prod dev / change agent tip

stating something as a personal need -- not an observation of the system, or a theoretical debate -- can go a long way.

"I need data to inform the decision whether to..."

is way more powerful than

"We need more data"

I think this is hard bc (1/n)
...especially if you are the systems thinking type, you might be drawn to the bigger issue at hand ... the thing impacting more people. A cause.

the problem? That is too abstract for most people.

Another example...(2/n)
...saying "My morale is low today because I'm not really sure whether this work is actually having an impact" is way less threatening, and a lot more poignant than "we work in a feature factory"

So I guess the tip is ... don't be afraid to make it personal. (3/end)

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More from @johncutlefish

9 Apr
not sure this anyone would find this interesting...but this is how I go about doing my "loops" diagrams

1. first I use write simple things like this to get connections out of my head. at this point it is very rough... Image
2. I get a little more detailed/structured. All the while I validate these along the way and try to involve other people (hence my initials here vs. other contributors). Image
3. I do a lot of these ... it gets a bit out of control. I might end up with with hundreds of hypothesis connections Image
Read 8 tweets
4 Apr
anti-pattern: using one process/tool to do too many jobs

1/n teams "hire" processes and frameworks to do certain things. the trouble is that we humans get greedy. when someone says "well that does A,B, and C" we get excited. 3 for the price of 1!

The problem? ...
2/n First, it is hard to do lots of things well. The process rarely delivers across all of those jobs. It might do one thing well, but be kind of crappy at the other things...
3/n Second, communicating the Why can be very difficult. Say you have a process that is meant to promote learning/experimentation AND can be used to manage people and promote accountability.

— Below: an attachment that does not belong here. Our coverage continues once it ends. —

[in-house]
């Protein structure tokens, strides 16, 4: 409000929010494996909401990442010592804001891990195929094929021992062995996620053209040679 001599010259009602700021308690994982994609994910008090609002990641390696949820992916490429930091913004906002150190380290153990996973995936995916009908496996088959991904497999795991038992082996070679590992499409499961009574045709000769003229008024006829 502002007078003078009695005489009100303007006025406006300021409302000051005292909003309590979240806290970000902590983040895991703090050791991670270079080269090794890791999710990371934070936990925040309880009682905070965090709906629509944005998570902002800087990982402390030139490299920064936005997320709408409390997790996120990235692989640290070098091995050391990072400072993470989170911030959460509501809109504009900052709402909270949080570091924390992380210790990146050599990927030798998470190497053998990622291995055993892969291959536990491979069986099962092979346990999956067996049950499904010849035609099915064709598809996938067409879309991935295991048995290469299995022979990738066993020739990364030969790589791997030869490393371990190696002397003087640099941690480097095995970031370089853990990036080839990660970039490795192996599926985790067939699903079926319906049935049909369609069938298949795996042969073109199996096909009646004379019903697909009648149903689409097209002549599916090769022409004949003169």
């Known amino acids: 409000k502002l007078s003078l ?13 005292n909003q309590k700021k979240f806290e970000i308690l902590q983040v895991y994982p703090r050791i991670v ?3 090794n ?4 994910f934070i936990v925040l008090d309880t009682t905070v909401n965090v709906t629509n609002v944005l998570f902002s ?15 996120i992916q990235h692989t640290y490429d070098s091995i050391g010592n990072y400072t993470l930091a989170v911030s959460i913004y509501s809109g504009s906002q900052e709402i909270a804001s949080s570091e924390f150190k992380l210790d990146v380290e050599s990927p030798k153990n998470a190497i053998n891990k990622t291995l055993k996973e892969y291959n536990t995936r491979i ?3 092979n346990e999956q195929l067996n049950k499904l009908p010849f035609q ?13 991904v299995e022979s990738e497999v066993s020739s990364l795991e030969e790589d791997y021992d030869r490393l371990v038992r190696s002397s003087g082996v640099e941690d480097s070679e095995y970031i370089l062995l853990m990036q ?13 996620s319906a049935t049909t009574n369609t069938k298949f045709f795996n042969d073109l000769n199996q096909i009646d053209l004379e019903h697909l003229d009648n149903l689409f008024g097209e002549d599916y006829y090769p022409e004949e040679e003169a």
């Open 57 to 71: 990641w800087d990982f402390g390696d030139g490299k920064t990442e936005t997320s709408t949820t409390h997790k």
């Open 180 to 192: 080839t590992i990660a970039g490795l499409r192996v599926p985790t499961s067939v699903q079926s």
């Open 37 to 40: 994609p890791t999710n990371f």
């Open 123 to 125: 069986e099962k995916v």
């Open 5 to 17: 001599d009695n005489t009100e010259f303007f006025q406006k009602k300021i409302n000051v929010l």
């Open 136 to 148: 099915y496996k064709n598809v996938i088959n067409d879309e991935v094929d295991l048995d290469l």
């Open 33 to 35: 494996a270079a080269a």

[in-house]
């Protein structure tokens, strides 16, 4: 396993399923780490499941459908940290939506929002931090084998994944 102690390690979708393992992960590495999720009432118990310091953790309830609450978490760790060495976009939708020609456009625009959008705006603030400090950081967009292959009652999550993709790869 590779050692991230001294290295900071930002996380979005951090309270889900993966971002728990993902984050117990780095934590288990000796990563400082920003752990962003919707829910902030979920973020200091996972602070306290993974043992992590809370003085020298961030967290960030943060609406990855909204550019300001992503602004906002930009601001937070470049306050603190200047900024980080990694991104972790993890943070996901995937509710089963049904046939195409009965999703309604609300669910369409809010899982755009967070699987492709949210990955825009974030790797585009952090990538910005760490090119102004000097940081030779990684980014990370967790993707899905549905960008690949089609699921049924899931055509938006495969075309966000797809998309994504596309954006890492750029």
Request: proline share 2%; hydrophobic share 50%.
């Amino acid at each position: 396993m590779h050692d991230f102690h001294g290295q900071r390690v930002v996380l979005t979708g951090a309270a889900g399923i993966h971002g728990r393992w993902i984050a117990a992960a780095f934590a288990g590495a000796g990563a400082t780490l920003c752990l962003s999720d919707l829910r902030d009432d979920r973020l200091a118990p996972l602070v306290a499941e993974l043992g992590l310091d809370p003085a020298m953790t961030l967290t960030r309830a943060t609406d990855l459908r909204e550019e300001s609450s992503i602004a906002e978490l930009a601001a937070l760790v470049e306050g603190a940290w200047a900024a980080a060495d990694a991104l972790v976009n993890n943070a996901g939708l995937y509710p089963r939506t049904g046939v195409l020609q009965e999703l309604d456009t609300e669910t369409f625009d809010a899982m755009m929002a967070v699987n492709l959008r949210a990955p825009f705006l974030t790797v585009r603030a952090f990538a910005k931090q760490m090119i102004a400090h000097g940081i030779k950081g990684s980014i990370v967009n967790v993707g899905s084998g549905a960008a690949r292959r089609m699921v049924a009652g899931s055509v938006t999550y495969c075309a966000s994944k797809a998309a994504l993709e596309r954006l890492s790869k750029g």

Those two Whys can be in opposition at times.

"Wait, why are we doing this again?"
Read 5 tweets
3 Apr
Change agent tips:

1/n - There is so much you can do IF you accept that you have to do the old thing AND your new idea. People might look confused, but you will not get fired. Here's what I mean...
2/n - Say you work in a feature factory and features get thrown over the wall for you to "deliver". That doesn't stop you listing the various risks with that bet. It doesn't stop you describing the higher level bet/rationale.
3/n - Nothing is stopping you setting up a decision review a couple weeks after the thing has been "delivered", and your team has moved on to the next project. "We expected this ... but this is what happened.." (tip @Amplitude_HQ helps with this)
Read 10 tweets
3 Apr
Book recommendations that underscore that very little is “new” in terms of frameworks, advice, approaches, etc .... ?

(Think published >10 years ago)
of course ...@mpoppendieck
Read 9 tweets
27 Mar
🧵a huge challenge with scaling B2B SaaS is the exploding complexity problem.

through heroics and brute force you can try to contain the problem...until you can't. At which point it consumes everything.

Why does it happen? ... (1/n)
first is the general non-linear nature of the problem

innocently we imagine that adding a new product (or person, segment, etc.), for example, is like going from 10 to 12. Instead, it is like going from 10 to 20.

you quickly overwhelm systems designed for linear things...(2/n)
second, is that the exact efforts to contain the problem at first -- the heroics, the longer hours, the more complex meetings, the project plans, the dependency wrangling -- HIDE THE PROBLEM.

It just gets soaked up into our brains and our processes (3/n)
Read 8 tweets
13 Mar
Critical thing to monitor

the distance between those adding complexity to the business and those having to deal with the increased complexity in day-to-day decision making

without healthy feedback loops, you can get a massive increase in complexity before the alarm bells go off
in addition to pure distance (hops between people), you also get some interesting effects.

experienced ppl tend to notice the early signals, bc they are able to juggle the ramifications.

e.g "for *that* persona we'd do this a bit differently..."
...less experienced team members may not notice as quickly. They will artificially reduce added complexity and/or just not do anything with the extra cognitive load.

Their work will suffer, but they may not notice
Read 16 tweets

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